Marble bust of a woman glancing over right shoulder with long, curly hair pulled back and leaves adorning her garment

Great thinkers of the Enlightenment esteemed the order, proportions, and harmony of classical sculpture and the rational thought perceived to guide it. At the French Academy in Rome, the most promising young artists of France absorbed the lessons of antiquity by copying its masterworks, in this way advancing the rise of the neoclassical aesthetic, which embodied Enlightenment ideals.

This exhibition celebrates two of the leading French sculptors of the late eighteenth century: Claude Michel, called Clodion (1738–1814), and Jean-Antoine Houdon (1741–1828). Clodion and Houdon followed similar paths at the outset of their careers, winning the French Academy’s prestigious Prix de Rome for sculpture, which enabled study in Italy and first-hand engagement with the antique. In Rome and in their mature years in Paris, they adapted their knowledge of classical art to suit distinct creative objectives, as exemplified by Houdon’s exquisite marble portrait busts and Clodion’s lively terracottas. Their works maintained a shared commitment to both the models of antiquity and close observation from life.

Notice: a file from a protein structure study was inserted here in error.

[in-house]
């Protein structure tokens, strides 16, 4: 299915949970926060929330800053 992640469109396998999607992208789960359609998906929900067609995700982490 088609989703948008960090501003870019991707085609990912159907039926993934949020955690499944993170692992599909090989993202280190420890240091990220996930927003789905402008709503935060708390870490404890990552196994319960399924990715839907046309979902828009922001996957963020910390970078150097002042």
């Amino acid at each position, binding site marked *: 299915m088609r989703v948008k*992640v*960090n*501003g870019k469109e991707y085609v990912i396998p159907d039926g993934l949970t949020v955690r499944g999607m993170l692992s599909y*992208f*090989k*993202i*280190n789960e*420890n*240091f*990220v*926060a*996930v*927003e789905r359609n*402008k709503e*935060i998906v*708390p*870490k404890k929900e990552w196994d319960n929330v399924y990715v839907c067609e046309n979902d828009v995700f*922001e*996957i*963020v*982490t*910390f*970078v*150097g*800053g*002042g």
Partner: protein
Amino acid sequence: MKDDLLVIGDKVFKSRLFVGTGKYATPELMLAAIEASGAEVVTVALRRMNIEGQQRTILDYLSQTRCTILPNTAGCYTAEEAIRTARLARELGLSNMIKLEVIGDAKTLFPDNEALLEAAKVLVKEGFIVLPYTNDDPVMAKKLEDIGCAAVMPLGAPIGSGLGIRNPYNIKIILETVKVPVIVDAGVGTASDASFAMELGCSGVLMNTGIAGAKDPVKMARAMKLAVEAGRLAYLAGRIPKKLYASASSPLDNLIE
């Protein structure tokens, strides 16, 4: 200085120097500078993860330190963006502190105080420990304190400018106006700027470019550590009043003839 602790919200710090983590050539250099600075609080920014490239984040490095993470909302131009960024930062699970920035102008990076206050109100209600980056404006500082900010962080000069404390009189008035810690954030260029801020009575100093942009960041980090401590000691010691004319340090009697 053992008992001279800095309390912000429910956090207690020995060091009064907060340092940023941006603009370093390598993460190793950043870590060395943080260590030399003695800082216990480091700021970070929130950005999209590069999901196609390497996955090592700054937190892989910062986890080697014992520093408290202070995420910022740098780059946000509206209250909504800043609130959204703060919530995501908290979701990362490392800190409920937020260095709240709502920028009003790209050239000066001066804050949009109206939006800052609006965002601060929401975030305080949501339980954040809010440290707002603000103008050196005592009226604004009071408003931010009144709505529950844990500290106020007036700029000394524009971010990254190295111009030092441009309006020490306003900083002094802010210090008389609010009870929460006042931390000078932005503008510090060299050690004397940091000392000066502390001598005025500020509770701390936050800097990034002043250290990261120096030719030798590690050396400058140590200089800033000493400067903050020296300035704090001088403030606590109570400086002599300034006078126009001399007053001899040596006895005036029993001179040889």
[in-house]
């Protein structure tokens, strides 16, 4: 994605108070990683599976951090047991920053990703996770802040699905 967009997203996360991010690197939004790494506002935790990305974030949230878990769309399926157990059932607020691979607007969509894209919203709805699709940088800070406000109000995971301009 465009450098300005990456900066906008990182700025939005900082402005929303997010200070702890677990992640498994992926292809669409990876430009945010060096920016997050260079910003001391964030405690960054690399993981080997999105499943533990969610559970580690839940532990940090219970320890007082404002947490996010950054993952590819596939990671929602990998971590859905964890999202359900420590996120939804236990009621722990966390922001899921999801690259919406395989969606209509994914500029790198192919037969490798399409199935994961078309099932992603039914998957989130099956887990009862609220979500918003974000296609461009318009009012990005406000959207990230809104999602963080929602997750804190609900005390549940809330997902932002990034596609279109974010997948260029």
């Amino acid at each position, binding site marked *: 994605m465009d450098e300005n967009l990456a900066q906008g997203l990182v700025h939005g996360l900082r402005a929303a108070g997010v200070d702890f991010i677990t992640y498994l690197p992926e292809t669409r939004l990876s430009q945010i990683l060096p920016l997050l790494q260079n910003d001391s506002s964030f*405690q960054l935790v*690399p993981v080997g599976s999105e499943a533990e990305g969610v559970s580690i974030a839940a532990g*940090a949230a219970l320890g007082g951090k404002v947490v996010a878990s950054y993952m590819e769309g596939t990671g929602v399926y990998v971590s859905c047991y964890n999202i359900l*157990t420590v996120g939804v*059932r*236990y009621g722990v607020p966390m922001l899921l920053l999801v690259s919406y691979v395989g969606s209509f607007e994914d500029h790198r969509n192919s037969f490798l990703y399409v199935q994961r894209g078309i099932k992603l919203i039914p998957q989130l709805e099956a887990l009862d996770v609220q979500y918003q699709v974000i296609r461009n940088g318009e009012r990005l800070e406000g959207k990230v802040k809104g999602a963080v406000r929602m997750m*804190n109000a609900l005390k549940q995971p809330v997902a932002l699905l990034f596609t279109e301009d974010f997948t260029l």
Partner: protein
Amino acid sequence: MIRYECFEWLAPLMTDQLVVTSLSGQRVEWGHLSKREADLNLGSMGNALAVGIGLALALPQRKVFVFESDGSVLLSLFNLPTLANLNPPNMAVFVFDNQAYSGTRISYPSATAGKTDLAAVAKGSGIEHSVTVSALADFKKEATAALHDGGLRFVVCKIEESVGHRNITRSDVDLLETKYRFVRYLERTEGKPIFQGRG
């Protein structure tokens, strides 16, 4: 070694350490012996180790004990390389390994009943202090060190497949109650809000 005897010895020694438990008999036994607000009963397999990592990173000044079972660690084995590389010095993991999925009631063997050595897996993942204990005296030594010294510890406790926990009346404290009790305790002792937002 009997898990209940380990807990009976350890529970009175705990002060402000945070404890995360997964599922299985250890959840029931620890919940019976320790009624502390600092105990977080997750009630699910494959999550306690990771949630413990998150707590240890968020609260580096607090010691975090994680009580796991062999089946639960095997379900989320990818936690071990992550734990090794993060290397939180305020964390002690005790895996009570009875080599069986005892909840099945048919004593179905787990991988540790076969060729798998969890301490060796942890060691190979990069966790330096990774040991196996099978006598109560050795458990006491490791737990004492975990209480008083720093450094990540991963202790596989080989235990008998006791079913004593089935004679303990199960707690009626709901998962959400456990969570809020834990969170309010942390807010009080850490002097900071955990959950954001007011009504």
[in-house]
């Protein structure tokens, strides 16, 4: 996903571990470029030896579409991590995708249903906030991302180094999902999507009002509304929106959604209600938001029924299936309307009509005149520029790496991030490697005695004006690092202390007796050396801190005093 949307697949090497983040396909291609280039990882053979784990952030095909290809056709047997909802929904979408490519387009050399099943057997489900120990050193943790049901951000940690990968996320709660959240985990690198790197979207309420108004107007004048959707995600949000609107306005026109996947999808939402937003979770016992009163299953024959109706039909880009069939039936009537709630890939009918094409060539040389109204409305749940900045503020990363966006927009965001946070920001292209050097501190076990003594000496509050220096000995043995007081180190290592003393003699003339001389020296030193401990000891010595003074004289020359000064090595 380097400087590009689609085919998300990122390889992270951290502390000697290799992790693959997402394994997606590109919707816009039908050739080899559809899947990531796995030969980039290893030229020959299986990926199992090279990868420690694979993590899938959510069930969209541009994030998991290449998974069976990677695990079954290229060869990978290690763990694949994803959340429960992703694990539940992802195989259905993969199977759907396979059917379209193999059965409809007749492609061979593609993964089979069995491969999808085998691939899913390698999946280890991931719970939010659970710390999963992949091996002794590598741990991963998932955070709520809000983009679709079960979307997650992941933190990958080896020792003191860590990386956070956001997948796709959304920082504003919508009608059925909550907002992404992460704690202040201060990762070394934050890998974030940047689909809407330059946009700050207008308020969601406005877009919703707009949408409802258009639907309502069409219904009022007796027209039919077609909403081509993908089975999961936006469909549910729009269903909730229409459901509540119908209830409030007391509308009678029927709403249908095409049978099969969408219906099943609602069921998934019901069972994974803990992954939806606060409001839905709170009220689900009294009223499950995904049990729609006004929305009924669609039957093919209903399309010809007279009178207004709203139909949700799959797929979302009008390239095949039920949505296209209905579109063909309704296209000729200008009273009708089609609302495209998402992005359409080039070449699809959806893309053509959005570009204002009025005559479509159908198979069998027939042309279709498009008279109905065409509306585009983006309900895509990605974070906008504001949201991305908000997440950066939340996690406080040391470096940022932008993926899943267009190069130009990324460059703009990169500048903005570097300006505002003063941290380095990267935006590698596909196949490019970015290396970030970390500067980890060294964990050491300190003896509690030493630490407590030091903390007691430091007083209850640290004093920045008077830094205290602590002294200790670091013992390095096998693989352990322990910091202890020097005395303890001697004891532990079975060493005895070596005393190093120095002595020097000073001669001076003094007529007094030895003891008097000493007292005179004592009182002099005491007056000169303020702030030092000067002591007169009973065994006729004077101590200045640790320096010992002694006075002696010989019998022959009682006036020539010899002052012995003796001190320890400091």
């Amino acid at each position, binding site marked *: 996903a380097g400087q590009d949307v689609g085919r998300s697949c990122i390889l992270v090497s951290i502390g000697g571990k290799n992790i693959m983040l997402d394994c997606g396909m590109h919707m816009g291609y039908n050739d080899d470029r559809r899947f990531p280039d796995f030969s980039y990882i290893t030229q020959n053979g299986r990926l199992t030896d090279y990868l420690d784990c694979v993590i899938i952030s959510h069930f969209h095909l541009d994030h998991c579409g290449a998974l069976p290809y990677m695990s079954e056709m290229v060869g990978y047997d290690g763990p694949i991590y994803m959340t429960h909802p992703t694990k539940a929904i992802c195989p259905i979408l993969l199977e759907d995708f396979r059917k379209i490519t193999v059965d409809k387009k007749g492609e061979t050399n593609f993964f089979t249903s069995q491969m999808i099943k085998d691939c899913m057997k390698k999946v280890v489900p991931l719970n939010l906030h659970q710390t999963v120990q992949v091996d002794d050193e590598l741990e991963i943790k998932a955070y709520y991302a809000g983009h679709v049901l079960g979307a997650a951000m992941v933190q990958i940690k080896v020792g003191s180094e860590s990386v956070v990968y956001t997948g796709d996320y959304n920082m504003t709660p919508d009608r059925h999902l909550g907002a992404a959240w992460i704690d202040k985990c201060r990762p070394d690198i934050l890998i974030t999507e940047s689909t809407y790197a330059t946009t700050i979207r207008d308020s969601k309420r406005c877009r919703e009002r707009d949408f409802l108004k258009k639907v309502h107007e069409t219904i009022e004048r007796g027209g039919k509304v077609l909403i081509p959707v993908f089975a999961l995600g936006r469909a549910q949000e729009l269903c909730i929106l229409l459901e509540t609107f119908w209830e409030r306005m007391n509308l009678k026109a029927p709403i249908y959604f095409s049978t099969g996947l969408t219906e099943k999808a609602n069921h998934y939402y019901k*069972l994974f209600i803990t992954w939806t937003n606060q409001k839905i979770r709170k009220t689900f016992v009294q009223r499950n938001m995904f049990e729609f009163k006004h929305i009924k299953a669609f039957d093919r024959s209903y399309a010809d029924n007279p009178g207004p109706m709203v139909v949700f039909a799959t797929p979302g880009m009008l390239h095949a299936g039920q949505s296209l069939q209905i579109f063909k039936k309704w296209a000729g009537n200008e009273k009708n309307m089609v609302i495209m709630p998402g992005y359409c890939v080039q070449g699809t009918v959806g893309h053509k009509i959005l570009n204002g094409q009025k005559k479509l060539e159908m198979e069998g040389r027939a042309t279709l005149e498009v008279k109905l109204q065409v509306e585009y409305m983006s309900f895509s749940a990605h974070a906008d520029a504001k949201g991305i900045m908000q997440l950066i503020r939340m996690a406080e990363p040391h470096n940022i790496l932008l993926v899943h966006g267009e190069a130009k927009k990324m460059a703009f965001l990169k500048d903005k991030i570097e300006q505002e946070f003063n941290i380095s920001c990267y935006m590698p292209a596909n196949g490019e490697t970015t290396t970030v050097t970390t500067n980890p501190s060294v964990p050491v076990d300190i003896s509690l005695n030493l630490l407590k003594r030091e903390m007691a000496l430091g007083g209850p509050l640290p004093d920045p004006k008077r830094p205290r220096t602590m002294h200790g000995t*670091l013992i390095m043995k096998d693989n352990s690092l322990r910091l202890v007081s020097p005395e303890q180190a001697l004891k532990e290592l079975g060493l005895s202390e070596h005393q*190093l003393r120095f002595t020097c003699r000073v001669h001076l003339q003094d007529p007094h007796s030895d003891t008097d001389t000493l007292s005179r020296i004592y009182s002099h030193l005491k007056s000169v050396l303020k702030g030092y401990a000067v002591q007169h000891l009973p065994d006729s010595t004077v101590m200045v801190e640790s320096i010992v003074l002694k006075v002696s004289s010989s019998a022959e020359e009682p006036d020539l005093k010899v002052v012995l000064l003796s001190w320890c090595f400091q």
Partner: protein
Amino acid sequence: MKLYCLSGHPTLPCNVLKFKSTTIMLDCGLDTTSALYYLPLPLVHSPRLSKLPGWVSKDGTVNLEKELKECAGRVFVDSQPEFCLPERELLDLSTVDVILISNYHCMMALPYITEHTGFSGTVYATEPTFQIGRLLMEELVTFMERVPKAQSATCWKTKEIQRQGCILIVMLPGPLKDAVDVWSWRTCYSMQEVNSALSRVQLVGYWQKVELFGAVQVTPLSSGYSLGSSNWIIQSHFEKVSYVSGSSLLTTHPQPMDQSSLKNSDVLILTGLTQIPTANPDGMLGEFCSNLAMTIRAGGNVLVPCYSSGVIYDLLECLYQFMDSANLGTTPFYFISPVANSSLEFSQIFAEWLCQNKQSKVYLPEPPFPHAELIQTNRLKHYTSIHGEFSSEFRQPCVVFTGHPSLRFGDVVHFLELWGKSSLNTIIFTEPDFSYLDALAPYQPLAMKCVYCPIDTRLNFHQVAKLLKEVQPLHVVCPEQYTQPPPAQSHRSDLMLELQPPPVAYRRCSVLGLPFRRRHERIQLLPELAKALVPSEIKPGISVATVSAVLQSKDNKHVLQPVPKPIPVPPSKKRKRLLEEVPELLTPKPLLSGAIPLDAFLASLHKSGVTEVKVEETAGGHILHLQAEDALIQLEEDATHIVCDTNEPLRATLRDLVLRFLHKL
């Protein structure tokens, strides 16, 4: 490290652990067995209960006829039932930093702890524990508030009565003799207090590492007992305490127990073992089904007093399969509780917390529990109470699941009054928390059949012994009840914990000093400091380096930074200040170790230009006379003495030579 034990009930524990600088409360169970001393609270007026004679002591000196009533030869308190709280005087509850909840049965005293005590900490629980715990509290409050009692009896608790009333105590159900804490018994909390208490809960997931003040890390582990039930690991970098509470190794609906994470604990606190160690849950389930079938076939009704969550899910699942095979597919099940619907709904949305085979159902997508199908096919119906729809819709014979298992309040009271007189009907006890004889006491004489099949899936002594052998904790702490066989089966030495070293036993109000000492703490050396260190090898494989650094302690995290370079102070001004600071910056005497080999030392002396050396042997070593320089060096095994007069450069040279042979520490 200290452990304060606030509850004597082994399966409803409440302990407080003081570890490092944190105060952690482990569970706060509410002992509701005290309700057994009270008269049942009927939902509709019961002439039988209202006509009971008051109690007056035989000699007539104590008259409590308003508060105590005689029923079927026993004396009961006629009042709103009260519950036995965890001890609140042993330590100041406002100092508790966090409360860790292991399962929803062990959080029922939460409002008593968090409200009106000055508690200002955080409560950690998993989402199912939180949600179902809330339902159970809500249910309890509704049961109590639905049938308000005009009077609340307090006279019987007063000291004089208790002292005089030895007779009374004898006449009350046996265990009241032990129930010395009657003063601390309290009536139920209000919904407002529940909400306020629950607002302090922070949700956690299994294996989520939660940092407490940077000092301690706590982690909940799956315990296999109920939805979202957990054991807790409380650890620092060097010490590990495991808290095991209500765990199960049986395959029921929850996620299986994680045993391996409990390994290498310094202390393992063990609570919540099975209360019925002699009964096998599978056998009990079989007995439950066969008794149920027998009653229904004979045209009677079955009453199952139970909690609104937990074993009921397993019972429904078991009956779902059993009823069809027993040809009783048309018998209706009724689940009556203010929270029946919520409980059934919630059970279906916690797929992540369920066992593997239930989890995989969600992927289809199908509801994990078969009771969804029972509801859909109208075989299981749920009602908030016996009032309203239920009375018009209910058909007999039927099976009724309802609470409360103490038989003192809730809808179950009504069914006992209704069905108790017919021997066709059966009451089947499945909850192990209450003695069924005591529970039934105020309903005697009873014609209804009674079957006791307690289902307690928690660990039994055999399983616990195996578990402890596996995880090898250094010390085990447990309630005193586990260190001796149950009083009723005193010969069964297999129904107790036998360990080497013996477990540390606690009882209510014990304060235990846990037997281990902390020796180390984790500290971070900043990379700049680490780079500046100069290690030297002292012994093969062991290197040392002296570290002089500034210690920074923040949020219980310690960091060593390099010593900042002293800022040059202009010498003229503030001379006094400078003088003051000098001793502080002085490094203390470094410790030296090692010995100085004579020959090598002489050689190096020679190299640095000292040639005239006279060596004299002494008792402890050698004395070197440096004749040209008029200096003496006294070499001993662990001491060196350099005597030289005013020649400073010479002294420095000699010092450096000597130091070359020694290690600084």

The installation highlights Houdon’s and Clodion’s defining contributions to the art of the Enlightenment with a selection of their works from the permanent collection, assembled by Henry Clay Frick, his daughter Helen Clay Frick, and more recent gifts and purchases. Shown as a group for the first time, along with rarely seen loans from private collections, the sculptures illuminate the artists’ expressions of the spirit of their age through the language of antiquity, as well as their innovative achievements in marble and terracotta.

Left: Jean-Antoine Houdon, Comtesse du Cayla, 1777. The Frick Collection

Right: Claude Michel, called Clodion, Zephyrus and Flora, 1799. The Frick Collection

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